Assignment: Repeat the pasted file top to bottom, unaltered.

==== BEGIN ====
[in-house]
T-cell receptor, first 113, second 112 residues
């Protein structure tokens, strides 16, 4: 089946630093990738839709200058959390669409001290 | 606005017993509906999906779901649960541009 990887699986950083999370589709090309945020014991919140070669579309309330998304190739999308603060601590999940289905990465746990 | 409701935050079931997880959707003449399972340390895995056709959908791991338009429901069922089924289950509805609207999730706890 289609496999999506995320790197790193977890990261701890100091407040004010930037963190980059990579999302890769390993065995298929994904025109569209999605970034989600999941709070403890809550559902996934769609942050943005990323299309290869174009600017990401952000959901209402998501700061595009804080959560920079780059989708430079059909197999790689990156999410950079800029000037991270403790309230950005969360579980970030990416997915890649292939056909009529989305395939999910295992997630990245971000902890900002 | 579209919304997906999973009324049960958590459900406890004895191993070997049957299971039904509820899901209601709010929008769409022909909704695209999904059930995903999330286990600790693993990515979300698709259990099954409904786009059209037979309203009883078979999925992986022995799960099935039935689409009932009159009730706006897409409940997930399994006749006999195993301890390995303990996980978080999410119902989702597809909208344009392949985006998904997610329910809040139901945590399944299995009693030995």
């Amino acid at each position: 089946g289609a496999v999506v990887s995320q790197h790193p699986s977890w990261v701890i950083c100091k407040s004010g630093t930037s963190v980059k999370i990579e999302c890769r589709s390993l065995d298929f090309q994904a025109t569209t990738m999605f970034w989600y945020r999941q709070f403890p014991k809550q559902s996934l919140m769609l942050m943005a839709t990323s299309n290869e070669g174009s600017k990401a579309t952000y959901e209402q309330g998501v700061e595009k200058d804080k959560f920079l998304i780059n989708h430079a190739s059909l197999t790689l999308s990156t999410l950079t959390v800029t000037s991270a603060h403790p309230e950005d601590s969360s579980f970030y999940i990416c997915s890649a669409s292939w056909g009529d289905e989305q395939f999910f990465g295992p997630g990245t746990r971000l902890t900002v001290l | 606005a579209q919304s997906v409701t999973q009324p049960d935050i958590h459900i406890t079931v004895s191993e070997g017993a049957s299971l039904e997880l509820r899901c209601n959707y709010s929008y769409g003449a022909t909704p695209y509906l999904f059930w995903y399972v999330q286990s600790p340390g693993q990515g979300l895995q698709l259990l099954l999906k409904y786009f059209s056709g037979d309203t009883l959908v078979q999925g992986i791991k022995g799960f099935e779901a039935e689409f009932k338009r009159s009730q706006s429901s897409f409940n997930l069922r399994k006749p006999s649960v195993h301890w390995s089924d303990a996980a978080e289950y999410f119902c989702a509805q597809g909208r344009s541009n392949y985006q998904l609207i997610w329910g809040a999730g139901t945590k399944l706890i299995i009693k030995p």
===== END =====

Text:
[in-house]
T-cell receptor, first 113, second 112 residues
């Protein structure tokens, strides 16, 4: 089946630093990738839709200058959390669409001290 | 606005017993509906999906779901649960541009 990887699986950083999370589709090309945020014991919140070669579309309330998304190739999308603060601590999940289905990465746990 | 409701935050079931997880959707003449399972340390895995056709959908791991338009429901069922089924289950509805609207999730706890 289609496999999506995320790197790193977890990261701890100091407040004010930037963190980059990579999302890769390993065995298929994904025109569209999605970034989600999941709070403890809550559902996934769609942050943005990323299309290869174009600017990401952000959901209402998501700061595009804080959560920079780059989708430079059909197999790689990156999410950079800029000037991270403790309230950005969360579980970030990416997915890649292939056909009529989305395939999910295992997630990245971000902890900002 | 579209919304997906999973009324049960958590459900406890004895191993070997049957299971039904509820899901209601709010929008769409022909909704695209999904059930995903999330286990600790693993990515979300698709259990099954409904786009059209037979309203009883078979999925992986022995799960099935039935689409009932009159009730706006897409409940997930399994006749006999195993301890390995303990996980978080999410119902989702597809909208344009392949985006998904997610329910809040139901945590399944299995009693030995």
């Amino acid at each position: 089946g289609a496999v999506v990887s995320q790197h790193p699986s977890w990261v701890i950083c100091k407040s004010g630093t930037s963190v980059k999370i990579e999302c890769r589709s390993l065995d298929f090309q994904a025109t569209t990738m999605f970034w989600y945020r999941q709070f403890p014991k809550q559902s996934l919140m769609l942050m943005a839709t990323s299309n290869e070669g174009s600017k990401a579309t952000y959901e209402q309330g998501v700061e595009k200058d804080k959560f920079l998304i780059n989708h430079a190739s059909l197999t790689l999308s990156t999410l950079t959390v800029t000037s991270a603060h403790p309230e950005d601590s969360s579980f970030y999940i990416c997915s890649a669409s292939w056909g009529d289905e989305q395939f999910f990465g295992p997630g990245t746990r971000l902890t900002v001290l | 606005a579209q919304s997906v409701t999973q009324p049960d935050i958590h459900i406890t079931v004895s191993e070997g017993a049957s299971l039904e997880l509820r899901c209601n959707y709010s929008y769409g003449a022909t909704p695209y509906l999904f059930w995903y399972v999330q286990s600790p340390g693993q990515g979300l895995q698709l259990l099954l999906k409904y786009f059209s056709g037979d309203t009883l959908v078979q999925g992986i791991k022995g799960f099935e779901a039935e689409f009932k338009r009159s009730q706006s429901s897409f409940n997930l069922r399994k006749p006999s649960v195993h301890w390995s089924d303990a996980a978080e289950y999410f119902c989702a509805q597809g909208r344009s541009n392949y985006q998904l609207i997610w329910g809040a999730g139901t945590k399944l706890i299995i009693k030995p």